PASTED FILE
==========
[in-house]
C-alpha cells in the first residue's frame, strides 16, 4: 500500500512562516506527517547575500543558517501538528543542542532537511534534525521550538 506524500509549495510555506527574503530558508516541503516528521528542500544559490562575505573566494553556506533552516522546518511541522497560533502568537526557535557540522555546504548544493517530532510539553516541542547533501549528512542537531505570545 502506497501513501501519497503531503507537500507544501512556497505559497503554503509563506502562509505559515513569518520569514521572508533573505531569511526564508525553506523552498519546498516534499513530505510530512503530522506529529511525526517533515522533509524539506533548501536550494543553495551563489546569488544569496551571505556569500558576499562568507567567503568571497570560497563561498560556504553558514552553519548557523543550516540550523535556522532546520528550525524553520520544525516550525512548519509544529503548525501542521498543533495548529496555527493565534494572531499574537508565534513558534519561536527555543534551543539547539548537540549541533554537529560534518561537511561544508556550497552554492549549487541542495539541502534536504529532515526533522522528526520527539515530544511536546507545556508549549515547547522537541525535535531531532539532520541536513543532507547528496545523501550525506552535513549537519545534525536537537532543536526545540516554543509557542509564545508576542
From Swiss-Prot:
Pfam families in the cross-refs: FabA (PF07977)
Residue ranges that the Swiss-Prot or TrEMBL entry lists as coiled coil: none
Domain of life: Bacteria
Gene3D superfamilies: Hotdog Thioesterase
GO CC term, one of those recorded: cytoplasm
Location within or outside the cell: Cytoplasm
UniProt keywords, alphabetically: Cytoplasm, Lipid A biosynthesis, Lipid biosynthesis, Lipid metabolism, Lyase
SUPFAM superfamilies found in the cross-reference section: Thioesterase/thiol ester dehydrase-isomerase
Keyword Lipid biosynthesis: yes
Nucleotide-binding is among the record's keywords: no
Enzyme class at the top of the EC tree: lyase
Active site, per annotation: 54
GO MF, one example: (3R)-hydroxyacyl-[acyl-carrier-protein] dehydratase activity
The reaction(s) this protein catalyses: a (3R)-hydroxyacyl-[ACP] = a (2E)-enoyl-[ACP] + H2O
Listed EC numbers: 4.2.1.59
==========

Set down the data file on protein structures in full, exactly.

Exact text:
[in-house]
C-alpha cells in the first residue's frame, strides 16, 4: 500500500512562516506527517547575500543558517501538528543542542532537511534534525521550538 506524500509549495510555506527574503530558508516541503516528521528542500544559490562575505573566494553556506533552516522546518511541522497560533502568537526557535557540522555546504548544493517530532510539553516541542547533501549528512542537531505570545 502506497501513501501519497503531503507537500507544501512556497505559497503554503509563506502562509505559515513569518520569514521572508533573505531569511526564508525553506523552498519546498516534499513530505510530512503530522506529529511525526517533515522533509524539506533548501536550494543553495551563489546569488544569496551571505556569500558576499562568507567567503568571497570560497563561498560556504553558514552553519548557523543550516540550523535556522532546520528550525524553520520544525516550525512548519509544529503548525501542521498543533495548529496555527493565534494572531499574537508565534513558534519561536527555543534551543539547539548537540549541533554537529560534518561537511561544508556550497552554492549549487541542495539541502534536504529532515526533522522528526520527539515530544511536546507545556508549549515547547522537541525535535531531532539532520541536513543532507547528496545523501550525506552535513549537519545534525536537537532543536526545540516554543509557542509564545508576542
From Swiss-Prot:
Pfam families in the cross-refs: FabA (PF07977)
Residue ranges that the Swiss-Prot or TrEMBL entry lists as coiled coil: none
Domain of life: Bacteria
Gene3D superfamilies: Hotdog Thioesterase
GO CC term, one of those recorded: cytoplasm
Location within or outside the cell: Cytoplasm
UniProt keywords, alphabetically: Cytoplasm, Lipid A biosynthesis, Lipid biosynthesis, Lipid metabolism, Lyase
SUPFAM superfamilies found in the cross-reference section: Thioesterase/thiol ester dehydrase-isomerase
Keyword Lipid biosynthesis: yes
Nucleotide-binding is among the record's keywords: no
Enzyme class at the top of the EC tree: lyase
Active site, per annotation: 54
GO MF, one example: (3R)-hydroxyacyl-[acyl-carrier-protein] dehydratase activity
The reaction(s) this protein catalyses: a (3R)-hydroxyacyl-[ACP] = a (2E)-enoyl-[ACP] + H2O
Listed EC numbers: 4.2.1.59